Strahova Monastery, Prague

The Strahova Monastery in Prague holds a celebrated library. Two rooms filled to the ceiling with books on philosophy and theology. The ceilings are painted, heavily influenced by the Roman tradition, and not well done.

Because I had not booked prior to going, and had no time to gain permission which takes three days to a week, I was not allowed to walk around the library proper but had to look at the rooms from the corded doors. And here I was given the first real visual experience of a library as a pure expression of shapes.

For as long as I have known libraries exist, they have been places to go and only find a book, smell books en masse and enjoy the learning in them which, hypocrite that I am, I can wax lyrical about, knowing I will never know a tenth of it. But here, for all the world I could have been looking at a painting for its brush work rather than at objects. Enjoying perspective an an odd flatness created by staring for a long time.

The shelves were all regimented and in the lines one would expect, except one towards the floor that slightly bent with the weight of the books along it. One small curved line in a forest of straight horizontal ones. The books were vertical strokes of a brush finely worked over with the titles by a careful eye. Above the books, the space between the top of each line of books and the shelf above, were black lines. I thought of geometric, abstract art but they were not uniform.  A library is a Modernist masterpiece.

Book spines of dozens of colours, differing thickness, running deep into the room more like beautiful drapes hanging down and along a wall, than books. Decoration. Here, in a place were books were filled with ideas that are supposed to challenge ones assumptions about almost everything, I was challenged to understand a library in a whole new way. The visual landscape that I was enjoying had nothing to do with knowledge, nothing to do with traditional reading although I was reading, and with my eyes. A library is its own kind of visual expression of a truth – everything we create has its own aesthetic but the aesthetics of everything we create are connected to all our senses. And reason, the place where we deal with the information from our senses, marries them all together with an interpretation that starts off as reality but becomes as we become adults, interpretation. I was no longer assuming this was a library, I was altering my perspective. A library is an artwork of its own.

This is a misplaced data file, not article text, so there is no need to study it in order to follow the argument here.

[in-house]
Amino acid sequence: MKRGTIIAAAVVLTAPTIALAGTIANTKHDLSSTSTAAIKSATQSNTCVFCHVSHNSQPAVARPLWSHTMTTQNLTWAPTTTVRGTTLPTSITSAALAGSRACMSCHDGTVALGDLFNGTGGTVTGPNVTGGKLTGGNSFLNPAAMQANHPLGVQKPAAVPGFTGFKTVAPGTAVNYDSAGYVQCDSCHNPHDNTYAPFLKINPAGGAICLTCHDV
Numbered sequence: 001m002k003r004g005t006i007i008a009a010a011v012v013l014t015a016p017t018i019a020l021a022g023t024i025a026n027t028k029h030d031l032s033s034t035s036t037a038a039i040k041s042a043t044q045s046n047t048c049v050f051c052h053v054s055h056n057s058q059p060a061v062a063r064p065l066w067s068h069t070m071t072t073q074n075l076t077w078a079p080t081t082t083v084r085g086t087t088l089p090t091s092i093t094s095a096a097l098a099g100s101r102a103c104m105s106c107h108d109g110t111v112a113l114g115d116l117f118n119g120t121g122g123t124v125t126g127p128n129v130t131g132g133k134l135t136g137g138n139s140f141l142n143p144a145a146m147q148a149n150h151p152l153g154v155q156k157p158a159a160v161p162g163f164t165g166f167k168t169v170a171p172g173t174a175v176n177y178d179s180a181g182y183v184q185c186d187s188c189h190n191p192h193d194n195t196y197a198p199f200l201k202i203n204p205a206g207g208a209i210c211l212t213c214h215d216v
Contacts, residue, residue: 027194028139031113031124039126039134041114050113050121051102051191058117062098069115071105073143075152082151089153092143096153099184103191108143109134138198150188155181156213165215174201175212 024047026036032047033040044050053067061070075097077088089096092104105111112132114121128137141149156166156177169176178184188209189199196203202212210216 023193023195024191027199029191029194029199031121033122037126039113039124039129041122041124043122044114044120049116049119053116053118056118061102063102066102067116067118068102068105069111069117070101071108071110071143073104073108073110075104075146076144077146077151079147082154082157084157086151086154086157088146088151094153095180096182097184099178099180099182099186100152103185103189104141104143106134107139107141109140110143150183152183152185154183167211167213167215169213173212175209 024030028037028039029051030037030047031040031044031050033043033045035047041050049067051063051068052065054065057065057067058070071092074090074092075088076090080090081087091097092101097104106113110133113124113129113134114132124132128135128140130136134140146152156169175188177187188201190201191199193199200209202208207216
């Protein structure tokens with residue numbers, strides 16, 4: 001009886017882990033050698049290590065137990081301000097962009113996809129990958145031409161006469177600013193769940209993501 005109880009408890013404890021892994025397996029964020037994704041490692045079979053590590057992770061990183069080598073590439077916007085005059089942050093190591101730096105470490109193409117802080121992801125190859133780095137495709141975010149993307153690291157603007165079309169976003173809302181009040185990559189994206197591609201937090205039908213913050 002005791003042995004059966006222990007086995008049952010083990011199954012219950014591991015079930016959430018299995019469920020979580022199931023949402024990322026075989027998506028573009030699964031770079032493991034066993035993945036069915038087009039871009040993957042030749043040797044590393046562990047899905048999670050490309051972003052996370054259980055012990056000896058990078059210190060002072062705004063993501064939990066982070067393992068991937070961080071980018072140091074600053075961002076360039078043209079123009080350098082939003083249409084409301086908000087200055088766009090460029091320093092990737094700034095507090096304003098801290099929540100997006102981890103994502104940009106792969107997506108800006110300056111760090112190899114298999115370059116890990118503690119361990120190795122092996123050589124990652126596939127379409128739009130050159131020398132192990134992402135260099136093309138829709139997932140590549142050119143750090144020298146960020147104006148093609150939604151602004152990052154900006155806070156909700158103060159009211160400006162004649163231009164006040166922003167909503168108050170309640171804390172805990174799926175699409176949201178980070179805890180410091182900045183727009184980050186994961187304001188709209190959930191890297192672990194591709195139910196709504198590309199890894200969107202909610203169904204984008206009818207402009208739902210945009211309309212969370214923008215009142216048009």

The Rose Garden

There are grey doves here and a pong with a fountain that hides two golden carp. The roses are turning but still full and, according to Jennika, ‘smell ridiculous’. It is the perfect place to sit and have breakfast, serene and if there are people here, they too are quiet. Not that Prague is a noisy city. It bustles in places but it is not dirty and noisy to London standards.

Amusingly three people here, who didn’t wish to be understood by their fellow Czechs, spoke in English. The details of a young woman’s sex life heard with half an ear while I was looking for couchsurfing hosts in Zagreb, was beyond amusing. She was bright, fed up with her boyfriend and detailed everything she had to say to her friends who listened and replied only occasionally.

I hope she sorted her immediate problems out. I have never had the angst to sort things out quickly because time is flying. Maybe that is my failing in this life, I do not feel the pressure of so short a time to live I am too busy just engaging with what is around me.

Maybe I am just too simple minded.

Prague

Prague doesn’t use the compass points like other cities. It long ago decided its pathways and routes and thinking would wend like the river, though descriptions will\always tell you the Vltava runs North into the city, believe them if you will.

The churches flow across the city in no particular order, the National Gallery starts on the second floor and you circle around rooms and down a floor being told the exhibition continues from door to door until it ends. As you walk into an old palace you find birds of prey being exhibited to the public, dancers on the promenade, singers on the boats that slide along the river with tourists far out-numbering the locals. Prague flows, with all the bustle and camera pointing of tourist cities and with its own,  growing mindfulness of the world outside.

Half an hour driving from the centre you are still in the countryside. Twenty minutes and you are still on unmarked roads looking at dilapidated houses and seeing people ‘getting by’ in a landscape rich in colours. This is not a major city but it seems with all the building it is a city that wants to know where it is going.

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October 2018
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